Nov 072016
Owen Courrèges

Owen Courrèges

Election Day is tomorrow, and presumably all of us have decided which awful candidates we will hold our noses and vote for this round. If we can avoid retching while we push the buttons for those races, we will be faced with six constitutional amendments that are on the ballot as well.

Now, my general inclination is to reject new amendments on the ballot out of hand, because policy normally should be determined by the legislature, not by an inordinately long state constitution that is amended several times each year with all sorts of minutia. A constitution is only supposed to govern the basic structure of government; ours, sadly, is not so limited.

However, this year I’m split down the middle – endorsing half of the amendments and rejecting the rest. So without further ado, here are my personal endorsements:

Amendment 1: Establishing requirements for registrars of voters.

Yes. Although I’m usually wary of imposing exclusionary rules for public offices that don’t require extensive expertise, I believe that setting some very minimal baselines is a reasonable idea and appropriate to include in the state constitution.

Amendment 2: Allow College Management Boards to increase tuition and fees.

Yes. Due to a 1995 constitutional amendment, raising tuition at public universities requires a two-thirds vote from the legislature (although there is an exception to this rule where certain benchmarks are met). This places universities in a difficult position when their budget from the state is cut. Normal practice is to allow college management boards to set tuition. Moreover, this amendment doesn’t forge new territory; it merely negates a previous amendment. While it is possible that the boards will increase tuition too much, they need some flexibility when the spigot from the state dries up.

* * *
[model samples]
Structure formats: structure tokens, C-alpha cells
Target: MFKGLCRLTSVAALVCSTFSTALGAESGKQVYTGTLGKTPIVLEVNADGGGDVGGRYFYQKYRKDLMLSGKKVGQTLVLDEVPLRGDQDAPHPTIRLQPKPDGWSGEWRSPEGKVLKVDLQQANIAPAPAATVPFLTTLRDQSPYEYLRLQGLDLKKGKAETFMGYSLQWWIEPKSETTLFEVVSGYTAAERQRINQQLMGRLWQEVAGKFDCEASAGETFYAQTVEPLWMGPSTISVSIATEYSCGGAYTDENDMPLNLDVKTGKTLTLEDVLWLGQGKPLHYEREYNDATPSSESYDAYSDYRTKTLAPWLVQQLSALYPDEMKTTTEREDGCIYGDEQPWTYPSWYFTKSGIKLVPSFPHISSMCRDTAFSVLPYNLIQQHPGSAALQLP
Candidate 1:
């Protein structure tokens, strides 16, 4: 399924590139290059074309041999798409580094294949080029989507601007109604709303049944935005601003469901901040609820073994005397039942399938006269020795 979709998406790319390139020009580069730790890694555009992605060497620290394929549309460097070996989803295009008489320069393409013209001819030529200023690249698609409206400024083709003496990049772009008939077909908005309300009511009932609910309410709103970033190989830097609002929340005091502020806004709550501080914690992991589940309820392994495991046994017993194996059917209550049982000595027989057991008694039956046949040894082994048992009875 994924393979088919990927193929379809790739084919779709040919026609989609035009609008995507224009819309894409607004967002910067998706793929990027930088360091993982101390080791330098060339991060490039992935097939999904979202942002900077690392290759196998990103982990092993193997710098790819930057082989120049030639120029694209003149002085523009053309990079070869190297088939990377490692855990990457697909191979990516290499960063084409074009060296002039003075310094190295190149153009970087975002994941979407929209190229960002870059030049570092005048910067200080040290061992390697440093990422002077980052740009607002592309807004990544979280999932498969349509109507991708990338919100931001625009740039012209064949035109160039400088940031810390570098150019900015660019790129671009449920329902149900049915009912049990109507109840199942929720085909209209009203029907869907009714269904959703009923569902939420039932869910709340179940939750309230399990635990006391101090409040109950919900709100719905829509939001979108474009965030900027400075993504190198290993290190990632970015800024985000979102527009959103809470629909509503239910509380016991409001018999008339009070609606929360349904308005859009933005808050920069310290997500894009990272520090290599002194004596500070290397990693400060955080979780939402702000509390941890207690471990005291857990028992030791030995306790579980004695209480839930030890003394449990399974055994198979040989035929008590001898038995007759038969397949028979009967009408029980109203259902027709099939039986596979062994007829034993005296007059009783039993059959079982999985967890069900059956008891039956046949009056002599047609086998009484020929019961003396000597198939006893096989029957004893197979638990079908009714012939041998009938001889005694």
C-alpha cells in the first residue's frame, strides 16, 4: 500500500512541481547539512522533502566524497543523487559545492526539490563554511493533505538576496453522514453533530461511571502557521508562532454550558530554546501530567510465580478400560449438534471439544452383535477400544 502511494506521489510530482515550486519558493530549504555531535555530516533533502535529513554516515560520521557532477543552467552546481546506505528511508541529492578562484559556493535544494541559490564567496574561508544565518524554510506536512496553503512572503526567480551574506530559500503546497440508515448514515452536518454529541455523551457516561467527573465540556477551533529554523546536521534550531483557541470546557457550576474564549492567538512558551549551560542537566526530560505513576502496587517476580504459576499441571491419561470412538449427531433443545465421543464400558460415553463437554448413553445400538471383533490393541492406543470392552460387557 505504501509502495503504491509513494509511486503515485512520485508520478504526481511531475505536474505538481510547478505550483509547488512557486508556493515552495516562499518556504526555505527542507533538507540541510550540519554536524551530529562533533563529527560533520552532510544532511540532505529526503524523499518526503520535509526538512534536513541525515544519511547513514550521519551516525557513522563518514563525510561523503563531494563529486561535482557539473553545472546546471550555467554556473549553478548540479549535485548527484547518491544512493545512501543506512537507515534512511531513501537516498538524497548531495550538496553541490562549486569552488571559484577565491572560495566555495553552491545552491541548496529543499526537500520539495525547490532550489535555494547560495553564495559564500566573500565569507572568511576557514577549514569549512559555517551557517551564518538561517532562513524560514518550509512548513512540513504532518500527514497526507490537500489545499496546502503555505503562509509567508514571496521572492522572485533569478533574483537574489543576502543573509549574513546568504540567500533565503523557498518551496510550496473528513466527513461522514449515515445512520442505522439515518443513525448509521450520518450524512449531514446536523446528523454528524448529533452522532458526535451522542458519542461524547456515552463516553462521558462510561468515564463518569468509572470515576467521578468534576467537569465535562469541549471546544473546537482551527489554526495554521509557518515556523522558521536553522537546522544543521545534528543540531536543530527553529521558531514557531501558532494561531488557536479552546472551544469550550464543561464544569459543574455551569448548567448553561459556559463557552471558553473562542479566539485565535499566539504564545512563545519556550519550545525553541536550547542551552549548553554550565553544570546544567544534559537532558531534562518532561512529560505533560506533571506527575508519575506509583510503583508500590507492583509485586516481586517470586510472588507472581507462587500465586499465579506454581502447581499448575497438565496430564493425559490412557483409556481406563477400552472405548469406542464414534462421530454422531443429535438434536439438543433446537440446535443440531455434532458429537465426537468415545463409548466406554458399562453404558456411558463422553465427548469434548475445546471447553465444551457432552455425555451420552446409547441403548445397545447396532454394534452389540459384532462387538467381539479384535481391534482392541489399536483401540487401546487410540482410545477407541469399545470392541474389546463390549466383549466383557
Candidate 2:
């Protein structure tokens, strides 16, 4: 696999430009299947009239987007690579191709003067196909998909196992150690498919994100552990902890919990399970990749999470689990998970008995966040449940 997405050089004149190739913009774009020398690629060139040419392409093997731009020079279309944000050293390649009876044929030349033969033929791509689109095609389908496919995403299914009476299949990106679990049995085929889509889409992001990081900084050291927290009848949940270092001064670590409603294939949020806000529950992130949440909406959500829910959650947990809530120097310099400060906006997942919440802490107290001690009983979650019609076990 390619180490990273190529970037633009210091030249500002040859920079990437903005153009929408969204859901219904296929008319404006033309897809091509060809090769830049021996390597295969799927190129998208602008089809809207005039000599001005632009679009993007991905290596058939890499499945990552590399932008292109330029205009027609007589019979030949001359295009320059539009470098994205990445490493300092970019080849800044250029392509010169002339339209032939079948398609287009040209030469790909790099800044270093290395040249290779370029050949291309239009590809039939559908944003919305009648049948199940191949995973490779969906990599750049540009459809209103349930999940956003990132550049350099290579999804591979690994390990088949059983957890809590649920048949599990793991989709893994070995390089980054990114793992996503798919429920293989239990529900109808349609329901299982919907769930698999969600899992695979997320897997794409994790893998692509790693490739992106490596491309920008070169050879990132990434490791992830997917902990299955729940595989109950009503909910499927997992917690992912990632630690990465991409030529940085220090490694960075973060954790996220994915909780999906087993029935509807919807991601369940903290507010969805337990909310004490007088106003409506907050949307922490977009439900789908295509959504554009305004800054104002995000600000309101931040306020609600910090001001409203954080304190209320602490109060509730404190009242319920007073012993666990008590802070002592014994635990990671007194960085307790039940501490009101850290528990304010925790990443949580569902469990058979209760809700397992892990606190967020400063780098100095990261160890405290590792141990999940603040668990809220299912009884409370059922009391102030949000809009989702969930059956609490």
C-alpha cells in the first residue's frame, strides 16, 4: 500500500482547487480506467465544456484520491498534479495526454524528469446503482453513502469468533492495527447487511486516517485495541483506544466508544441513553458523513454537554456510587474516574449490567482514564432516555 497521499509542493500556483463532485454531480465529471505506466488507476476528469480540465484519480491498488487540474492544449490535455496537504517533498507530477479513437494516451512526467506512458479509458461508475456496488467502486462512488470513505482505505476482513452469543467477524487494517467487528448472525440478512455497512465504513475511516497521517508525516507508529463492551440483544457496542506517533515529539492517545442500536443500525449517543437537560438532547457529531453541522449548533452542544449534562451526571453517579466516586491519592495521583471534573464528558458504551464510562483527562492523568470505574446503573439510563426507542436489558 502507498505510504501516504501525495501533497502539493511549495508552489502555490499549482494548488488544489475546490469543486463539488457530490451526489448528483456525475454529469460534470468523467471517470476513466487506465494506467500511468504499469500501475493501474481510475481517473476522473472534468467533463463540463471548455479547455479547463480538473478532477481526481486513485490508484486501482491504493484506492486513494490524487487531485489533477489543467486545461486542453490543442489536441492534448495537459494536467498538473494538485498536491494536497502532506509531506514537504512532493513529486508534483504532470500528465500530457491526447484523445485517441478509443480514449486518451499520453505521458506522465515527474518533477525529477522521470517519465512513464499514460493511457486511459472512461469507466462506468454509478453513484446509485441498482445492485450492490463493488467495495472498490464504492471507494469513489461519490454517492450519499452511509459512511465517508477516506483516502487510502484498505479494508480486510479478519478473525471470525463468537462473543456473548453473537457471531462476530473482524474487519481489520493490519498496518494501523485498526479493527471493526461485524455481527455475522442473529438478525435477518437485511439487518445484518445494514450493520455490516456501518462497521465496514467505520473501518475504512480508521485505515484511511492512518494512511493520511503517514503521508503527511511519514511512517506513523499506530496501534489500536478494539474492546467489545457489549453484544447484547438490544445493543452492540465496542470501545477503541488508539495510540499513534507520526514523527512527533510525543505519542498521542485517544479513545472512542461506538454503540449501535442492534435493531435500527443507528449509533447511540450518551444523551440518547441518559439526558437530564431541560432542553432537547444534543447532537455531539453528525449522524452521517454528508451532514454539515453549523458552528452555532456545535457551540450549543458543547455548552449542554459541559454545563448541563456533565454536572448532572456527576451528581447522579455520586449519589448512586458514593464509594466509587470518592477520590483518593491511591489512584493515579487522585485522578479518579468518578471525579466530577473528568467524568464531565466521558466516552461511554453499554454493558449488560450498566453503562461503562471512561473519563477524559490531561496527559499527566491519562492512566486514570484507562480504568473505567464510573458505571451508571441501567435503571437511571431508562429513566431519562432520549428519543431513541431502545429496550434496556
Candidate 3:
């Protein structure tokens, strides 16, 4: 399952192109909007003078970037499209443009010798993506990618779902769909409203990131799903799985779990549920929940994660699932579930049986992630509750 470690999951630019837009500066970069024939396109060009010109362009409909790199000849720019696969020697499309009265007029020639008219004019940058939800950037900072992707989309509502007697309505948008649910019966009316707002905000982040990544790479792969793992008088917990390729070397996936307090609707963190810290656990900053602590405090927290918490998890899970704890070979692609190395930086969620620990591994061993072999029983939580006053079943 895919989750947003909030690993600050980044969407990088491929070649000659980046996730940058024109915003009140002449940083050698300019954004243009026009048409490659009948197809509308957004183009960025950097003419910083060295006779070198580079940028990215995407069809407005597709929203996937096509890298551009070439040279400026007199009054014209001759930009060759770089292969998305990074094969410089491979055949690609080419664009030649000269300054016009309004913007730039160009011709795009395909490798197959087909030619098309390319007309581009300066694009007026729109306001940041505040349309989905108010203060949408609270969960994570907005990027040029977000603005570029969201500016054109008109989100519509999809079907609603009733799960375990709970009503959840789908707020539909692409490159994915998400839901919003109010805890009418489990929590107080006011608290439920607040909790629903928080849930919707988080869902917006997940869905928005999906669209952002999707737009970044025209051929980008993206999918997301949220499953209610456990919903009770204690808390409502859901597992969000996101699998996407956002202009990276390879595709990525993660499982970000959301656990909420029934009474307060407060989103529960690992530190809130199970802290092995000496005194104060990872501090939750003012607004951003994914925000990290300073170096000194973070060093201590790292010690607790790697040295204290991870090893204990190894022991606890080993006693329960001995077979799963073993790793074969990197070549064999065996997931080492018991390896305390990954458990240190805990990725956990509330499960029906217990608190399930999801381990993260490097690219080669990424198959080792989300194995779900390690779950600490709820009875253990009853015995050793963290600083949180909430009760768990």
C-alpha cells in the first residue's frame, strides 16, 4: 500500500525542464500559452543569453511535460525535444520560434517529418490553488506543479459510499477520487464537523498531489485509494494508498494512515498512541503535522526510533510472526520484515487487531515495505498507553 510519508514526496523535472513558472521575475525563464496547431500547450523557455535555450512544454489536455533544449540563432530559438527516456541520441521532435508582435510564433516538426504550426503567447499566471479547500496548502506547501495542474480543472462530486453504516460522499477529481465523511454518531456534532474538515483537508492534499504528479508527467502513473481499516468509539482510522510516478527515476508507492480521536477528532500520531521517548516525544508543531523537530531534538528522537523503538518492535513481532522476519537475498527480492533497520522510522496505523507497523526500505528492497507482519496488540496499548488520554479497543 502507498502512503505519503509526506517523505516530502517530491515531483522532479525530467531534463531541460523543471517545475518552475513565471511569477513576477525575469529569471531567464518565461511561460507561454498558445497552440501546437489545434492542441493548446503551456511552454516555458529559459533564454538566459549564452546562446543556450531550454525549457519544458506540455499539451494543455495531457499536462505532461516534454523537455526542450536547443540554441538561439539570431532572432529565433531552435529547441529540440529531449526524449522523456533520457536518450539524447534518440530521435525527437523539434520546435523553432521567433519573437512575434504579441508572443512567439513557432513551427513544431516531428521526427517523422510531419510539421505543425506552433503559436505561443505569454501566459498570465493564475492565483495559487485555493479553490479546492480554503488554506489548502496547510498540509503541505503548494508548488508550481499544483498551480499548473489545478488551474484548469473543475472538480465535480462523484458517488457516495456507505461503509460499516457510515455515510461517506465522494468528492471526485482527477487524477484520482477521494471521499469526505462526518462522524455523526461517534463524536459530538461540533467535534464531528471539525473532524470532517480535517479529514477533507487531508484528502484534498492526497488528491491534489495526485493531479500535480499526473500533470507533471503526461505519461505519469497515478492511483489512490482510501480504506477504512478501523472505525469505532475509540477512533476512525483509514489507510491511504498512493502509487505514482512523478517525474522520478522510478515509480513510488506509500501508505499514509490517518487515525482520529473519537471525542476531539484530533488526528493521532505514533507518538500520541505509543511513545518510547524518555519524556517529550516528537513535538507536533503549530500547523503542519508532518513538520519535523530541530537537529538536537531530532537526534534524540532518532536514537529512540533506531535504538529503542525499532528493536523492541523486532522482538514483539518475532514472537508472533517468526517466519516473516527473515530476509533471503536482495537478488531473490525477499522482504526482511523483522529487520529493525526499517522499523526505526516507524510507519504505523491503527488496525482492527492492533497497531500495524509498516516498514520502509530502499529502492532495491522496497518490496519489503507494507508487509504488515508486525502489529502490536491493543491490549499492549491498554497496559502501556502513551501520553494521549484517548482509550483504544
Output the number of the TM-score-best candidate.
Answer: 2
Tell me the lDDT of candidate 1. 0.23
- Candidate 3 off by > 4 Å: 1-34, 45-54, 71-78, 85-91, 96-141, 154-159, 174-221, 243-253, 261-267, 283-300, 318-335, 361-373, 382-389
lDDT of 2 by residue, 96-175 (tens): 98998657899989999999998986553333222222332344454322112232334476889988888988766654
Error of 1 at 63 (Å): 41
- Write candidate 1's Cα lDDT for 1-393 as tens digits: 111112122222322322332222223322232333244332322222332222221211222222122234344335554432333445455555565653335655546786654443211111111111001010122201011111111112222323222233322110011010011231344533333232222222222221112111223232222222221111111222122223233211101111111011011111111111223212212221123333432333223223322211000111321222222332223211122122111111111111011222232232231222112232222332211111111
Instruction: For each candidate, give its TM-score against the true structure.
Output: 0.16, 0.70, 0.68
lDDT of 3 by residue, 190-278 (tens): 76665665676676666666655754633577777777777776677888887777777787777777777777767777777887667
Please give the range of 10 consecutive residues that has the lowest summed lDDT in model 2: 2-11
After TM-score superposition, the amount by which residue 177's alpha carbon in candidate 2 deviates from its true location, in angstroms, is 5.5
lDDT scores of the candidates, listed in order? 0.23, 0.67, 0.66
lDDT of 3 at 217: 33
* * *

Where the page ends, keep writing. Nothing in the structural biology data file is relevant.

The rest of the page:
Amendment 3: Eliminate federal deduction for corporate income taxes and switch to a flat rate of 6.5% instead of a progressive rate between 4 and 8 percent.

No. First of all, there’s no reason why this issue should be fixed by a constitutional amendment. It’s inappropriate to have tax rates set by amendment; rather, it should be left to the discretion of the legislature (preferably with a supermajority required for most tax increases). Secondly, this amendment will increase taxes on small businesses while lowering them on larger businesses. While the existing top corporate tax rate of 8% is too high, and flat taxes are well worth considering, those are not excuses for raising taxes on businesses that can least afford to pay.

Amendment 4: Full property tax exemptions for surviving spouses of police, military, and firefighters killed in the line of duty.

No. This is one of those “puppy dogs and rainbows” amendments where the subject matter is held in such universal regard that only a callous, miserly crone could possibly oppose it. However, my Scrooge-like tendencies aside, this is still a rotten idea. Many classes of people face hardship and don’t get property tax exemptions. This includes most widows and widowers. We shouldn’t be littering the state constitution with exemptions that shouldn’t exist to begin with.